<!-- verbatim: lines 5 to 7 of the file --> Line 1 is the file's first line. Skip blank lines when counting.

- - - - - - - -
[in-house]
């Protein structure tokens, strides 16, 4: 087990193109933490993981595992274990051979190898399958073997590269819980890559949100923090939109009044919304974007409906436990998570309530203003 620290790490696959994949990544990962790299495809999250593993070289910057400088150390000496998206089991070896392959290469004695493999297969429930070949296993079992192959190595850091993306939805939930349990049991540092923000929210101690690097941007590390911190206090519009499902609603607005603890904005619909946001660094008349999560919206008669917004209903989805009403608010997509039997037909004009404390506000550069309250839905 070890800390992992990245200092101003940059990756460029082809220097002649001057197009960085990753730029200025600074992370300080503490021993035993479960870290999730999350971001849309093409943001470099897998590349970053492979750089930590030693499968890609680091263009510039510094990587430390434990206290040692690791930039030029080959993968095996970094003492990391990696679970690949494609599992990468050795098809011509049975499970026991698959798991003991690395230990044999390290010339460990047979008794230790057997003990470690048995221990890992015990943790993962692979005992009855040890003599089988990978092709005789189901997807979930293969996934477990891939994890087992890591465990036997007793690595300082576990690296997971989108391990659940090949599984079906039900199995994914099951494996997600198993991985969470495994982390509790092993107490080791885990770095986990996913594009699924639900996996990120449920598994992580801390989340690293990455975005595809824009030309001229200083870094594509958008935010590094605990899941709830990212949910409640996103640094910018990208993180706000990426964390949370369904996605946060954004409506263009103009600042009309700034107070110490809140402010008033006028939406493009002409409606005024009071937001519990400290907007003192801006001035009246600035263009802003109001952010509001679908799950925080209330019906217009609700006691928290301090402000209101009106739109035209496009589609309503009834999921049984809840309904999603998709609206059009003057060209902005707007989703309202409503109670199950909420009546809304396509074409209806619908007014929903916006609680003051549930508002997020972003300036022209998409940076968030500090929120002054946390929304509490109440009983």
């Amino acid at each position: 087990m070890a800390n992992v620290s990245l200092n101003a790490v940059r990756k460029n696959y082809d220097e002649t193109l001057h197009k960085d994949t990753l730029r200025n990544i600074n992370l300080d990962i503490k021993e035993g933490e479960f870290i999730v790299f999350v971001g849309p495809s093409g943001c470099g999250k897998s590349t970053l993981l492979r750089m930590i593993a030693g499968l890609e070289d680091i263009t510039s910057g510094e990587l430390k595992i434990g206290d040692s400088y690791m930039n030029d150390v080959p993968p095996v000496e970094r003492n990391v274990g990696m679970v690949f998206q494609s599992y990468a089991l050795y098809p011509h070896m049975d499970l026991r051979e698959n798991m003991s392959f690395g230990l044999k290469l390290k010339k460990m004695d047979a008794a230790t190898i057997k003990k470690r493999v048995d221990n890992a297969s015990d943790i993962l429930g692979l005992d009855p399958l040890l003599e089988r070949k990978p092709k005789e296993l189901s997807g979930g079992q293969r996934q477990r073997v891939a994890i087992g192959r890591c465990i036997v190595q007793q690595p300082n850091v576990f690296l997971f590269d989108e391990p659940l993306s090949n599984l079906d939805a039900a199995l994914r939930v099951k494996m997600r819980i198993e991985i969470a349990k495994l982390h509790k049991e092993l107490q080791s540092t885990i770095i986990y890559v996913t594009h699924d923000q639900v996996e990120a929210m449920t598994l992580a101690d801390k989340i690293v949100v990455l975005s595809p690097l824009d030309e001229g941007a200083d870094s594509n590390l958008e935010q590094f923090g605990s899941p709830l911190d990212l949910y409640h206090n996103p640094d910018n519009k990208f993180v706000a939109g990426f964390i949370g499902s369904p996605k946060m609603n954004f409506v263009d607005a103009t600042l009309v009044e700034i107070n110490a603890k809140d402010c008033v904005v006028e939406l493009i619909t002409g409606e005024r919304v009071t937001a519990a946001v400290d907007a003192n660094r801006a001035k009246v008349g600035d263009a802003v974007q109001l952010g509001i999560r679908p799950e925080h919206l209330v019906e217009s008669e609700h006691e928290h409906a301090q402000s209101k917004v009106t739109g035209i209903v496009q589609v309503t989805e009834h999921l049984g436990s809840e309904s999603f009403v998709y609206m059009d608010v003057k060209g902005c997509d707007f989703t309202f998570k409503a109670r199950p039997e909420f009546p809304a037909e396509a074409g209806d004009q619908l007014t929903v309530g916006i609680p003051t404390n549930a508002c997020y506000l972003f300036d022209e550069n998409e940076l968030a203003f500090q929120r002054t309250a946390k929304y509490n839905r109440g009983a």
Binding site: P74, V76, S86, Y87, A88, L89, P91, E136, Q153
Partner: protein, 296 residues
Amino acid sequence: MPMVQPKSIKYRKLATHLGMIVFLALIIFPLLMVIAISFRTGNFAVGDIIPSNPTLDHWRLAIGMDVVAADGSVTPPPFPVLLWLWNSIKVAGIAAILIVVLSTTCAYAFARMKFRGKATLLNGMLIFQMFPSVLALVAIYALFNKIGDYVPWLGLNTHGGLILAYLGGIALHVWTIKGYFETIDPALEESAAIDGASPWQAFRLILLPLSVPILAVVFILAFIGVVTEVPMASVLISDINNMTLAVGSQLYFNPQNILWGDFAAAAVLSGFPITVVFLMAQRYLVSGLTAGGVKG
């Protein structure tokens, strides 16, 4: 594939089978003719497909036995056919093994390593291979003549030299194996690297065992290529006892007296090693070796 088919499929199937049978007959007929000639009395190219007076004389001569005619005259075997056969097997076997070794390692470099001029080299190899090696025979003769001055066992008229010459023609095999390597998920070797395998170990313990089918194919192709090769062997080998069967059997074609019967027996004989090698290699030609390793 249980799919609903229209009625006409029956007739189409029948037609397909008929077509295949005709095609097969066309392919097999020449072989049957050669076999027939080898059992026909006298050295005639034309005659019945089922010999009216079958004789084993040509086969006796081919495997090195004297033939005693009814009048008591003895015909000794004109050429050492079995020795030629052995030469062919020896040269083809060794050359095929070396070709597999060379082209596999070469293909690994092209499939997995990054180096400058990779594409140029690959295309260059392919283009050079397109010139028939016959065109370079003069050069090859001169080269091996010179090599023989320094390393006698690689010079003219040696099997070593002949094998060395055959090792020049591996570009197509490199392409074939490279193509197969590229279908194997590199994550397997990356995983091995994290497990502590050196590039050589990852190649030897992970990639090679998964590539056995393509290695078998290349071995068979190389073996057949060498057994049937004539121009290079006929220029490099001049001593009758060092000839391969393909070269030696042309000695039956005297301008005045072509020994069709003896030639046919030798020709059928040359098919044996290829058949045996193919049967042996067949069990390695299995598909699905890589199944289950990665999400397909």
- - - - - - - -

Partner: protein, 296 residues
Amino acid sequence: MPMVQPKSIKYRKLATHLGMIVFLALIIFPLLMVIAISFRTGNFAVGDIIPSNPTLDHWRLAIGMDVVAADGSVTPPPFPVLLWLWNSIKVAGIAAILIVVLSTTCAYAFARMKFRGKATLLNGMLIFQMFPSVLALVAIYALFNKIGDYVPWLGLNTHGGLILAYLGGIALHVWTIKGYFETIDPALEESAAIDGASPWQAFRLILLPLSVPILAVVFILAFIGVVTEVPMASVLISDINNMTLAVGSQLYFNPQNILWGDFAAAAVLSGFPITVVFLMAQRYLVSGLTAGGVKG
């Protein structure tokens, strides 16, 4: 594939089978003719497909036995056919093994390593291979003549030299194996690297065992290529006892007296090693070796 088919499929199937049978007959007929000639009395190219007076004389001569005619005259075997056969097997076997070794390692470099001029080299190899090696025979003769001055066992008229010459023609095999390597998920070797395998170990313990089918194919192709090769062997080998069967059997074609019967027996004989090698290699030609390793 249980799919609903229209009625006409029956007739189409029948037609397909008929077509295949005709095609097969066309392919097999020449072989049957050669076999027939080898059992026909006298050295005639034309005659019945089922010999009216079958004789084993040509086969006796081919495997090195004297033939005693009814009048008591003895015909000794004109050429050492079995020795030629052995030469062919020896040269083809060794050359095929070396070709597999060379082209596999070469293909690994092209499939997995990054180096400058990779594409140029690959295309260059392919283009050079397109010139028939016959065109370079003069050069090859001169080269091996010179090599023989320094390393006698690689010079003219040696099997070593002949094998060395055959090792020049591996570009197509490199392409074939490279193509197969590229279908194997590199994550397997990356995983091995994290497990502590050196590039050589990852190649030897992970990639090679998964590539056995393509290695078998290349071995068979190389073996057949060498057994049937004539121009290079006929220029490099001049001593009758060092000839391969393909070269030696042309000695039956005297301008005045072509020994069709003896030639046919030798020709059928040359098919044996290829058949045996193919049967042996067949069990390695299995598909699905890589199944289950990665999400397909």